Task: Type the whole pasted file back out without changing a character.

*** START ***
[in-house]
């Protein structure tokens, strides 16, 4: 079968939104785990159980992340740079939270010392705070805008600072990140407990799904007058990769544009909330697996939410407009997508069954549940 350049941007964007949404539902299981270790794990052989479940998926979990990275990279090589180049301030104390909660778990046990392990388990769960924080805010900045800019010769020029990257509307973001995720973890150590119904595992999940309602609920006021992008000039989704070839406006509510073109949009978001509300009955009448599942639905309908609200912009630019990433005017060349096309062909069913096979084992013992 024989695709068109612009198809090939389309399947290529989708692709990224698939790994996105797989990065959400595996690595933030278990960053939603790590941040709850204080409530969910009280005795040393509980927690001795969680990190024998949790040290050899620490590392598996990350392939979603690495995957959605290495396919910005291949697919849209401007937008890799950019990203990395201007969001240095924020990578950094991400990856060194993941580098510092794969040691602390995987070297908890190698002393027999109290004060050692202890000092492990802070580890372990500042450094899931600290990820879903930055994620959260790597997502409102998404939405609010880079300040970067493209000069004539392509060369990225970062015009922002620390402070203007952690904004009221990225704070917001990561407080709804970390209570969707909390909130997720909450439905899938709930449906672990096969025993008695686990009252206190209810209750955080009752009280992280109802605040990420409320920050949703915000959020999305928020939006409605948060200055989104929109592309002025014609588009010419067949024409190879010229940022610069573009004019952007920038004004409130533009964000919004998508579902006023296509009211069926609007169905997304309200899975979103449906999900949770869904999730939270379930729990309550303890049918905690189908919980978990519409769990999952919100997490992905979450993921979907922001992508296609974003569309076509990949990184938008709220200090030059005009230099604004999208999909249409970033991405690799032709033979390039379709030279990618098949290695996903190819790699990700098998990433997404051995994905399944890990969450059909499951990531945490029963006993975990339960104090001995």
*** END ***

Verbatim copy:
[in-house]
């Protein structure tokens, strides 16, 4: 079968939104785990159980992340740079939270010392705070805008600072990140407990799904007058990769544009909330697996939410407009997508069954549940 350049941007964007949404539902299981270790794990052989479940998926979990990275990279090589180049301030104390909660778990046990392990388990769960924080805010900045800019010769020029990257509307973001995720973890150590119904595992999940309602609920006021992008000039989704070839406006509510073109949009978001509300009955009448599942639905309908609200912009630019990433005017060349096309062909069913096979084992013992 024989695709068109612009198809090939389309399947290529989708692709990224698939790994996105797989990065959400595996690595933030278990960053939603790590941040709850204080409530969910009280005795040393509980927690001795969680990190024998949790040290050899620490590392598996990350392939979603690495995957959605290495396919910005291949697919849209401007937008890799950019990203990395201007969001240095924020990578950094991400990856060194993941580098510092794969040691602390995987070297908890190698002393027999109290004060050692202890000092492990802070580890372990500042450094899931600290990820879903930055994620959260790597997502409102998404939405609010880079300040970067493209000069004539392509060369990225970062015009922002620390402070203007952690904004009221990225704070917001990561407080709804970390209570969707909390909130997720909450439905899938709930449906672990096969025993008695686990009252206190209810209750955080009752009280992280109802605040990420409320920050949703915000959020999305928020939006409605948060200055989104929109592309002025014609588009010419067949024409190879010229940022610069573009004019952007920038004004409130533009964000919004998508579902006023296509009211069926609007169905997304309200899975979103449906999900949770869904999730939270379930729990309550303890049918905690189908919980978990519409769990999952919100997490992905979450993921979907922001992508296609974003569309076509990949990184938008709220200090030059005009230099604004999208999909249409970033991405690799032709033979390039379709030279990618098949290695996903190819790699990700098998990433997404051995994905399944890990969450059909499951990531945490029963006993975990339960104090001995």